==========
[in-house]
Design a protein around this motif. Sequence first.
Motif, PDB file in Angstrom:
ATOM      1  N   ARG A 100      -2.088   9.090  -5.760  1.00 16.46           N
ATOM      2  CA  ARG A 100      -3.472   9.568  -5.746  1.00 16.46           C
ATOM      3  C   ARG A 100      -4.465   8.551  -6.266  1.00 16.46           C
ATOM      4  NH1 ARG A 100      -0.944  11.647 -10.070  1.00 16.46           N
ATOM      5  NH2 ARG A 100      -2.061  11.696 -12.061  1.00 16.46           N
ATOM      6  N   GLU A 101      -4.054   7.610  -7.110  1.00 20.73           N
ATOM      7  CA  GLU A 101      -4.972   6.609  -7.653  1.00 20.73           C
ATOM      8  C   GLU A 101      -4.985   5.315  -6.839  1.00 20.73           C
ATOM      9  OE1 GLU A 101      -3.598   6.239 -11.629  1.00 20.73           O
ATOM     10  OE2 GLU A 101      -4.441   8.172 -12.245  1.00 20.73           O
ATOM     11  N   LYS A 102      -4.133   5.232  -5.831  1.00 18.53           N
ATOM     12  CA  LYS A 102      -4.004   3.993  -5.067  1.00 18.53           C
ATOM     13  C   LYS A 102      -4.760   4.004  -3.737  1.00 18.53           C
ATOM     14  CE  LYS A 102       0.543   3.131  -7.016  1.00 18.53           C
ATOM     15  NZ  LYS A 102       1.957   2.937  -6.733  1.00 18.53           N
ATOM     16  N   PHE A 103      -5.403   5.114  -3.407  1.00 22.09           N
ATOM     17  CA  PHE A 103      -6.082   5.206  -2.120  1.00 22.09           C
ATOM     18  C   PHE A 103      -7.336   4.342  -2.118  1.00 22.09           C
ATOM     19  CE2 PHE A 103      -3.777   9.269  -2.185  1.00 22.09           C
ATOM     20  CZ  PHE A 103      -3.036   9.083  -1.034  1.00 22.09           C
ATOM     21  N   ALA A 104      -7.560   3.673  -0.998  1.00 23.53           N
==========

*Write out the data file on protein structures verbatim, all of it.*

[in-house]
Design a protein around this motif. Sequence first.
Motif, PDB file in Angstrom:
ATOM      1  N   ARG A 100      -2.088   9.090  -5.760  1.00 16.46           N
ATOM      2  CA  ARG A 100      -3.472   9.568  -5.746  1.00 16.46           C
ATOM      3  C   ARG A 100      -4.465   8.551  -6.266  1.00 16.46           C
ATOM      4  NH1 ARG A 100      -0.944  11.647 -10.070  1.00 16.46           N
ATOM      5  NH2 ARG A 100      -2.061  11.696 -12.061  1.00 16.46           N
ATOM      6  N   GLU A 101      -4.054   7.610  -7.110  1.00 20.73           N
ATOM      7  CA  GLU A 101      -4.972   6.609  -7.653  1.00 20.73           C
ATOM      8  C   GLU A 101      -4.985   5.315  -6.839  1.00 20.73           C
ATOM      9  OE1 GLU A 101      -3.598   6.239 -11.629  1.00 20.73           O
ATOM     10  OE2 GLU A 101      -4.441   8.172 -12.245  1.00 20.73           O
ATOM     11  N   LYS A 102      -4.133   5.232  -5.831  1.00 18.53           N
ATOM     12  CA  LYS A 102      -4.004   3.993  -5.067  1.00 18.53           C
ATOM     13  C   LYS A 102      -4.760   4.004  -3.737  1.00 18.53           C
ATOM     14  CE  LYS A 102       0.543   3.131  -7.016  1.00 18.53           C
ATOM     15  NZ  LYS A 102       1.957   2.937  -6.733  1.00 18.53           N
ATOM     16  N   PHE A 103      -5.403   5.114  -3.407  1.00 22.09           N
ATOM     17  CA  PHE A 103      -6.082   5.206  -2.120  1.00 22.09           C
ATOM     18  C   PHE A 103      -7.336   4.342  -2.118  1.00 22.09           C
ATOM     19  CE2 PHE A 103      -3.777   9.269  -2.185  1.00 22.09           C
ATOM     20  CZ  PHE A 103      -3.036   9.083  -1.034  1.00 22.09           C
ATOM     21  N   ALA A 104      -7.560   3.673  -0.998  1.00 23.53           N